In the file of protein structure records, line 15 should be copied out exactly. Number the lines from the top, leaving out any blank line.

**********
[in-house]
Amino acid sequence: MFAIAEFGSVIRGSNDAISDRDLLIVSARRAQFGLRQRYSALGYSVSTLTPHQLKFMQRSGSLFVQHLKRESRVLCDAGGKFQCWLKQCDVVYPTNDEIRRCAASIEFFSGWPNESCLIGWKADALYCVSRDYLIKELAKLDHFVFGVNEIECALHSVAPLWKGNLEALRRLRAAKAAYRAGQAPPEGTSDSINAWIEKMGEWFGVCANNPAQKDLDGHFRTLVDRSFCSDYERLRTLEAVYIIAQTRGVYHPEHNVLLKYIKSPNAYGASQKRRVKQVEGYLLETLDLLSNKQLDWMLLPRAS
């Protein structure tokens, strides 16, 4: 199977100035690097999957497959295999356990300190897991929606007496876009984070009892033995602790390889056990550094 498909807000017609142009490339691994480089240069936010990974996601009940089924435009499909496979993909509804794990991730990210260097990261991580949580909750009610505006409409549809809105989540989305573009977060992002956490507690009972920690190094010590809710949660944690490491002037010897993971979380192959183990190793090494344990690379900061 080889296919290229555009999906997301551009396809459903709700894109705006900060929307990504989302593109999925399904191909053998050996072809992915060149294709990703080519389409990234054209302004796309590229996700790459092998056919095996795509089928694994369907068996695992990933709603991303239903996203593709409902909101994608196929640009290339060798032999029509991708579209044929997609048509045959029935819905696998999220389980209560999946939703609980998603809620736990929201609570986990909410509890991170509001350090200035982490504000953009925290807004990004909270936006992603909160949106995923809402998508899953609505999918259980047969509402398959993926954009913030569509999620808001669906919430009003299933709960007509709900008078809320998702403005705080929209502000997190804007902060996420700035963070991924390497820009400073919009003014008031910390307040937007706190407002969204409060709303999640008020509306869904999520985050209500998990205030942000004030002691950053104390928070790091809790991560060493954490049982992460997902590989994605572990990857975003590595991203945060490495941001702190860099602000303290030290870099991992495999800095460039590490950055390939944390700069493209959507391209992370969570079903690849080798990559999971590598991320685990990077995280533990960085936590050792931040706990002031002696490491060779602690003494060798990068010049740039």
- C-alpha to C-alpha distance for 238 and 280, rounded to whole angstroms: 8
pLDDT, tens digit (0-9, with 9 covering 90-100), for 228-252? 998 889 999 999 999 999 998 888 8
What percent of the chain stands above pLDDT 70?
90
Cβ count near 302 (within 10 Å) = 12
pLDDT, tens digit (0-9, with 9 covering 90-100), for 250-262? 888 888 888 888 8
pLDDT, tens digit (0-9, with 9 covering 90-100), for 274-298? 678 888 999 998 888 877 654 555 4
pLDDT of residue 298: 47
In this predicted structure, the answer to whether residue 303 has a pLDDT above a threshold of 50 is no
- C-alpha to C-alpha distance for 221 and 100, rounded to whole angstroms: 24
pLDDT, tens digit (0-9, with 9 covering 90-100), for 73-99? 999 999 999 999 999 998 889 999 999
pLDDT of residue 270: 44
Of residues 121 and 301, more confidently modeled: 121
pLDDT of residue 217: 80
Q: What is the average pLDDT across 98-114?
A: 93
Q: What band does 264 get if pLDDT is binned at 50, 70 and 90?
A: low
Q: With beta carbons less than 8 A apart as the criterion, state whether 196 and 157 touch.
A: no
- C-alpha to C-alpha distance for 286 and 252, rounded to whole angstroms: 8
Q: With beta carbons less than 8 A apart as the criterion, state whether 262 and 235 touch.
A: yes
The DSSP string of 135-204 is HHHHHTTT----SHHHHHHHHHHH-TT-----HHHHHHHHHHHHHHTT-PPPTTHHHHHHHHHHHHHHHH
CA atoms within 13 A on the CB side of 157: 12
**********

pLDDT of residue 270: 44